The Black Church
By Charyn D. Sutton
From Pass It On: Outreach to Minority Communities
It is common for persons to talk about the black church as if it were one unified entity. In reality there are many different black churches that serve African-American communities. Generally the most influential churches in many black communities are Baptist, which are independent institutions affiliated with one or more of the major Baptist associations. However, black Methodists are also quite strong. The oldest independent African-American denomination is the African Methodist Episcopal (AME) church, founded in 1787.
Another important constituent of the black church is Pentecostal. These tend to be the smaller, store-front or movie-theater churches that are focused primarily on evangelism and spiritual service, rather than more "worldly" activities. While ministers of some of the larger Pentecostal churches do play a major role in their communities, they are less likely to become part of community-based networks that do not have a major religious thrust.
In some instances, well-known African-American ministers in a community belong to denominations that are overwhelmingly white--Episcopal, Lutheran, United Methodist, Presbyterian, and Roman Catholic. Often these ministers are largely supported by the diocese rather than by income generated by their own churches and may minister to relatively small congregations. These congregations tend to attract a higher percentage of educated, middle-class congregants than other churches that draw their membership primarily from minority communities.
In working with black church leadership, it is important to recognize that the involvement of ministers in secular activities is generally encouraged by the black community. Many powerful black politicians are also ministers. For example, during the 1980s, three African-Americans served as members of Conoress while simultaneously maintaining positions as senior minister for congregations in Philadelphia, New York City and Washington, D.C.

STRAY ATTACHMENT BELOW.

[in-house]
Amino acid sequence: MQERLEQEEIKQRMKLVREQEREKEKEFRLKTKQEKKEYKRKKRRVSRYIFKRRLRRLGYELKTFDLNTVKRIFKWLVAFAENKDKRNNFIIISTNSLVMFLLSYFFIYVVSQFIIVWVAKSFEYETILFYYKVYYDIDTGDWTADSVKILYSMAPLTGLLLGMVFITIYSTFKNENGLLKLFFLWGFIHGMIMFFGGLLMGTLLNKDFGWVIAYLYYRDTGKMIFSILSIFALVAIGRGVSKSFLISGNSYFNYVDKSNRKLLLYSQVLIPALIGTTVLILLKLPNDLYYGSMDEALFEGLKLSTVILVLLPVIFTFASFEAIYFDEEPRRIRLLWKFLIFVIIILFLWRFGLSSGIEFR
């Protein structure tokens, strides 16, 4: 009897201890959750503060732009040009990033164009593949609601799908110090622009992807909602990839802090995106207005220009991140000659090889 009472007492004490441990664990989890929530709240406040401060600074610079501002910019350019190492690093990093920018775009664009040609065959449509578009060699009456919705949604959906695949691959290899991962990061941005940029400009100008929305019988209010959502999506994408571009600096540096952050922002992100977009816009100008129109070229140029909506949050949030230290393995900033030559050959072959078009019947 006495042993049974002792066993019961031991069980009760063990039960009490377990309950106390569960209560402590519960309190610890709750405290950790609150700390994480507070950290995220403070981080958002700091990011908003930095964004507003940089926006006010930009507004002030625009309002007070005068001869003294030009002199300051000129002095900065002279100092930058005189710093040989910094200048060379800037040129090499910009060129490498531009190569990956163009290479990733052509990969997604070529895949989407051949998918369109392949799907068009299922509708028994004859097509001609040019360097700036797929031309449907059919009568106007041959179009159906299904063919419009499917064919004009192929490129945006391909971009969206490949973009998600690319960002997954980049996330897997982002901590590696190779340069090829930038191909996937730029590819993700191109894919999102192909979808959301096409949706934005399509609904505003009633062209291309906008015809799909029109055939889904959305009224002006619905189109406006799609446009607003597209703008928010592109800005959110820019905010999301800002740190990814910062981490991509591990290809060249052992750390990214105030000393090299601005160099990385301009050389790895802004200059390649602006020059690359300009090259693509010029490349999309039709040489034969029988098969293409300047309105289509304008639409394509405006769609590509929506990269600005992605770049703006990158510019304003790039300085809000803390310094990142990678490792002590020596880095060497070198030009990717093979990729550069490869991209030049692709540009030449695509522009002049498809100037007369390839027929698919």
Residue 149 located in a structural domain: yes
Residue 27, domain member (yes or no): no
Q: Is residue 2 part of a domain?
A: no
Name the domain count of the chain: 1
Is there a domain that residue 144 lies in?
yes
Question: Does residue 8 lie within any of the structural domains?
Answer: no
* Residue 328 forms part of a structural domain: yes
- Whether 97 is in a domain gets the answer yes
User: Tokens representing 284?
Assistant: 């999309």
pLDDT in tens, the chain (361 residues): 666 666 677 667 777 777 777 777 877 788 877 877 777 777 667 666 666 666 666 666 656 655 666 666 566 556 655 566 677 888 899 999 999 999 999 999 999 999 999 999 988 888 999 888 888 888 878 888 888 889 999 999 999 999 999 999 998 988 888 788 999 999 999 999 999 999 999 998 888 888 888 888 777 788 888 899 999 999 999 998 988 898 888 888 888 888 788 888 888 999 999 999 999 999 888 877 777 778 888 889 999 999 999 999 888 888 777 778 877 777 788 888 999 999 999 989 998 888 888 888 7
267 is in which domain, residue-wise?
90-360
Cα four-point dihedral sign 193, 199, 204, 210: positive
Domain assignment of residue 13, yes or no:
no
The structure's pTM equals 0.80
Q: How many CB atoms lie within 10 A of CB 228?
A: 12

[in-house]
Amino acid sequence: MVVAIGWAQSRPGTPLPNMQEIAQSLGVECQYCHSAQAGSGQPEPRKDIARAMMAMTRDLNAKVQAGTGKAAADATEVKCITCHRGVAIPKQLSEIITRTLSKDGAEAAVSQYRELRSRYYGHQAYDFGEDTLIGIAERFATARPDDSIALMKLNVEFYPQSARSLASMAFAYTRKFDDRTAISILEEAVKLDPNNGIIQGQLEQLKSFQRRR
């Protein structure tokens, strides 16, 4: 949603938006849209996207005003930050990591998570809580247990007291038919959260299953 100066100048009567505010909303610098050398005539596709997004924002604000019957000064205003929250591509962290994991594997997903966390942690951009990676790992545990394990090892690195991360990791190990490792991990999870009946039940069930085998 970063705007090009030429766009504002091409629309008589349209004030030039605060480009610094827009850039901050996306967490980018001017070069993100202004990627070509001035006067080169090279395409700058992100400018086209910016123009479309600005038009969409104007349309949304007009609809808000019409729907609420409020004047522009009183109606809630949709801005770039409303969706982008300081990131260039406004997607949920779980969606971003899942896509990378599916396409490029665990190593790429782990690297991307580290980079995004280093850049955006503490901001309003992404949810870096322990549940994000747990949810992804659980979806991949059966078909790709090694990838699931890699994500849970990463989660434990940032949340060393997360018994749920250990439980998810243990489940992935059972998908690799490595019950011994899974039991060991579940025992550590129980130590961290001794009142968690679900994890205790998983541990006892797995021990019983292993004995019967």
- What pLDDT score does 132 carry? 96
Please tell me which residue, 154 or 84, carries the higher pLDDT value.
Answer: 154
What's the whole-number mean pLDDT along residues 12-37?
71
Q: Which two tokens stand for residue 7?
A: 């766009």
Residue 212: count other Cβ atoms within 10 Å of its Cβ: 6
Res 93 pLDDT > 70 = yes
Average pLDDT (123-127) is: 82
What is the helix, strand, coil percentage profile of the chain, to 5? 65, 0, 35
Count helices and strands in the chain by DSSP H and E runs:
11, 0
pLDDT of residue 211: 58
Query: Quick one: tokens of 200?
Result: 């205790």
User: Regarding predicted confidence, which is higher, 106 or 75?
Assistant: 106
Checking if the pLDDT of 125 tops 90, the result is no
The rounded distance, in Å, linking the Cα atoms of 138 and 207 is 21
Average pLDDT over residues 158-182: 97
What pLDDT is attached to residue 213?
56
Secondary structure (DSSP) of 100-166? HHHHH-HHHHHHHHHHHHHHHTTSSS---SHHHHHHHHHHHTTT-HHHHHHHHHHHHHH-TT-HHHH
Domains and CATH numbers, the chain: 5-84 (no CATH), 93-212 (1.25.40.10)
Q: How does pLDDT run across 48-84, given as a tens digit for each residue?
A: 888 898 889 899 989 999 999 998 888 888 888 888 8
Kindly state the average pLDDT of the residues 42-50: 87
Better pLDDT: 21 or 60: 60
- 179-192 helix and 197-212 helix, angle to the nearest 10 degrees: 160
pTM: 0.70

Generally the most powerful and influential black churches can be identified by three major criteria:
- Size of congregation;
- Length of time that the church has been in existence;
- Number of influential black leaders (particularly elected and appointed officials) who are church members.
Often an individual African-American minister will gain considerable name recognition, particularly in the broader community, even though he or she has a relatively small congregation. While these individuals can be quite helpful, the most resources generally come from ministers who can speak for congregations with hundreds or even thousands of members and whose networks touch other major institutions, such as city, county and school district boards.
Important Facts of the Black Church
- The black church in America is primarily female in its membership even though the leadership is generally male.
- Males who attend church regularly tend to fall into two major age categories: under 14 years old or over 60. Boys come because their mothers make them attend and older men often establish church membership when their health begins to fail. Both groups - boys and older men in ill health -- are inappropriate as volunteers for [Big Brother]programs.
- Adult men in their 20s, 30s and 40s who are active in black churches also tend to be involved in a variety of other activities in the community and, as a result, are often over-committed. In addition, their congregations often rely heavily on these men -- who are relatively few in number -- for volunteer activities within the church and in the surrounding community, leaving them little time for other volunteer tasks.
- Adult women, particularly those over 40, form the backbone of many churches. Those who are not heavily committed to church work and do not have small children may be excellent prospects for Big Sisters programs.
- Women with small children who are concerned about their children's values often establish or re-establish church membership. This is especially true of single mothers who can benefit from the various social and spiritual supports provided by black churches.
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Permission is granted for organizations to download and reprint this article. Reprints must provide full acknowledgment of source, as provided:Excerpted from Pass It On: Outreach to Minority Communities, By Charyn D. Sutton, Big Brothers/Big Sisters of America, 1992, Out of Print.
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